This year’s theme is ‘Heroes’. Everyone knows someone who deserves the ‘hero status’. Think of people who take the lead, stand for something and also propagate it in public.
It concerns people, whether or not they belong to the LGBTI community, who are committed to human rights in general and/or our community in particular in various ways.
We as an organization do not decide who these heroes are and who deserves this ‘hero status’. We leave that up to you, our community. Everyone is free to enter into the discussion and everyone is free to appoint a hero.
In 2018 the 10th Gay Games will take place in Paris. It is a poly sporting event that is organized every 4 years in a different country. It is primarily an event for LGBT’s but it is open to anyone who wants to participate and there is no qualification to enroll.
Since the first games in 1982 in San Francisco, where 1,350 participants competed against each other in 17 sports, the event has become the biggest and widest sports tournament in the world. With more than 12,000 participants and more than 35 branches of sport, it is even bigger than the Olympic Games.
Goals of the Gay Games
The founder and organizer of the first games was the homosexual American Olympic decathlon athlete Tom Waddell. His goal was greater than just a homophobic-free sporting event with great sports performances. He wanted something more than that. His aim for the Gay Games was to bring about change and make the world a better place by connecting people through sports and dance regardless of their sexual preference and gender identity.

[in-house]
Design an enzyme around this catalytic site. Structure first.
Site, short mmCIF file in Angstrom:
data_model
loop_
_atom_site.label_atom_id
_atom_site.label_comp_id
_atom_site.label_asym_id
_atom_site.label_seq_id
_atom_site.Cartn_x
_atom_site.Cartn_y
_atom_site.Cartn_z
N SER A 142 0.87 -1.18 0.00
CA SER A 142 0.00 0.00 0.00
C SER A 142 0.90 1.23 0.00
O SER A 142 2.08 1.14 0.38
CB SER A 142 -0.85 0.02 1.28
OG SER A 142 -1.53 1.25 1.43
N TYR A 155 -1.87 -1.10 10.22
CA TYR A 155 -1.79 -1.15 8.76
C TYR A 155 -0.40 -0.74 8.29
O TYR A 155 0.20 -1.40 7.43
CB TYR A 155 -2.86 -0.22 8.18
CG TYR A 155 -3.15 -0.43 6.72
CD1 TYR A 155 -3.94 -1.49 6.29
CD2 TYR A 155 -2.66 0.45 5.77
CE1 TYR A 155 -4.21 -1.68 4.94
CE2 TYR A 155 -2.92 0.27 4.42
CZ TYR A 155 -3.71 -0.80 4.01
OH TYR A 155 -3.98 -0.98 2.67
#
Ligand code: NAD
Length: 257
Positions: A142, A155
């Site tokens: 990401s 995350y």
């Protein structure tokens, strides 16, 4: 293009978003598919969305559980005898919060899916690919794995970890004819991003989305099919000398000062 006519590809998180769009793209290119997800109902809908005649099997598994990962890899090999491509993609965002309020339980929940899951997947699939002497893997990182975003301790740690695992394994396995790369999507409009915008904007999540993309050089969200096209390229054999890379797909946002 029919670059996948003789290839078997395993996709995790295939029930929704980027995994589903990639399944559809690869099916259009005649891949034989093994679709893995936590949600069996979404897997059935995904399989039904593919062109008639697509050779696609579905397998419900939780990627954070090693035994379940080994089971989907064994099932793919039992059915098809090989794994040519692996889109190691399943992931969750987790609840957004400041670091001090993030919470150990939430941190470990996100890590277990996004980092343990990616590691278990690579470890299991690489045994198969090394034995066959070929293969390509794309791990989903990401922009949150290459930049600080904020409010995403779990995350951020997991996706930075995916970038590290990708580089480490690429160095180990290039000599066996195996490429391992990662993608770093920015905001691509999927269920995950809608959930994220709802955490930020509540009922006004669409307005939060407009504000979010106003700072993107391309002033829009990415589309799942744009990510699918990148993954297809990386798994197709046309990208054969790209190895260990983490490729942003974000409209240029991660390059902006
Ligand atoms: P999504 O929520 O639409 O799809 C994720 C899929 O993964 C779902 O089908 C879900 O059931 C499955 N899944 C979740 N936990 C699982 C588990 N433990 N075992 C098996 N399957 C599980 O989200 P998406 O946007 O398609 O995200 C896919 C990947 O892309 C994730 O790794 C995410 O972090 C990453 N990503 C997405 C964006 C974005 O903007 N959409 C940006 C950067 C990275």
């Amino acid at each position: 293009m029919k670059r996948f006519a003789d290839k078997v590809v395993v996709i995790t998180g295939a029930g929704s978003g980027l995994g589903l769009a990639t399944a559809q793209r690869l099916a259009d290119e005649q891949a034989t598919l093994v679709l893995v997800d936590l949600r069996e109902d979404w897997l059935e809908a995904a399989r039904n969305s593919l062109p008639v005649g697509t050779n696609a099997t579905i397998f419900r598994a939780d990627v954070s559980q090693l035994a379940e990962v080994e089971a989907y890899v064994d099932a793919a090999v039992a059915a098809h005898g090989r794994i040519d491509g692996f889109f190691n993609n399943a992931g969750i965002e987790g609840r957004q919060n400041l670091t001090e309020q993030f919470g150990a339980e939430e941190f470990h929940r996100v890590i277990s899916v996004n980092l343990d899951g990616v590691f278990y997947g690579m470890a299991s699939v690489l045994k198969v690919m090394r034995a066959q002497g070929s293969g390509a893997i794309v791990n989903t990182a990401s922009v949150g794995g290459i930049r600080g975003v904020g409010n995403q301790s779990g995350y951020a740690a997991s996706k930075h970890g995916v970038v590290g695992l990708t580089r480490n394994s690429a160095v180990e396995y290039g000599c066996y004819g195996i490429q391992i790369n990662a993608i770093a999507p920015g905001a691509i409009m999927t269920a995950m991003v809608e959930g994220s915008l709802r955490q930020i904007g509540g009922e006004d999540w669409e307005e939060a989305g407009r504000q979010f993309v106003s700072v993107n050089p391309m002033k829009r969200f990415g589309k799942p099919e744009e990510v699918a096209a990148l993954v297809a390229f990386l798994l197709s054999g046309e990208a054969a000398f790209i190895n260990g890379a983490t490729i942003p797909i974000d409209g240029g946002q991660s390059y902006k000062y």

Gay Games Amsterdam 1998
In the summer of 1998 the Gay Games with the motto “Friendship through culture and sport” took place in our capital. In those years Amsterdam experienced its heyday as the gay capital of the world. It was a time when everything was possible and nowhere else in the world was the gay nightlife was as present and loud as in Amsterdam. The Gay Games of 1998 marks a time that is seen by many as a benchmark of the LGBT emancipation history of the Netherlands.
20 years later
This summer it will be 20 years since this wonderful event took place in our city. What have we achieved since then? What is the situation regarding the LGBT emancipation in general and LGBT’s in sport in particular? Are we still up to speed or have we fallen behind? In short, high time to investigate where we stand.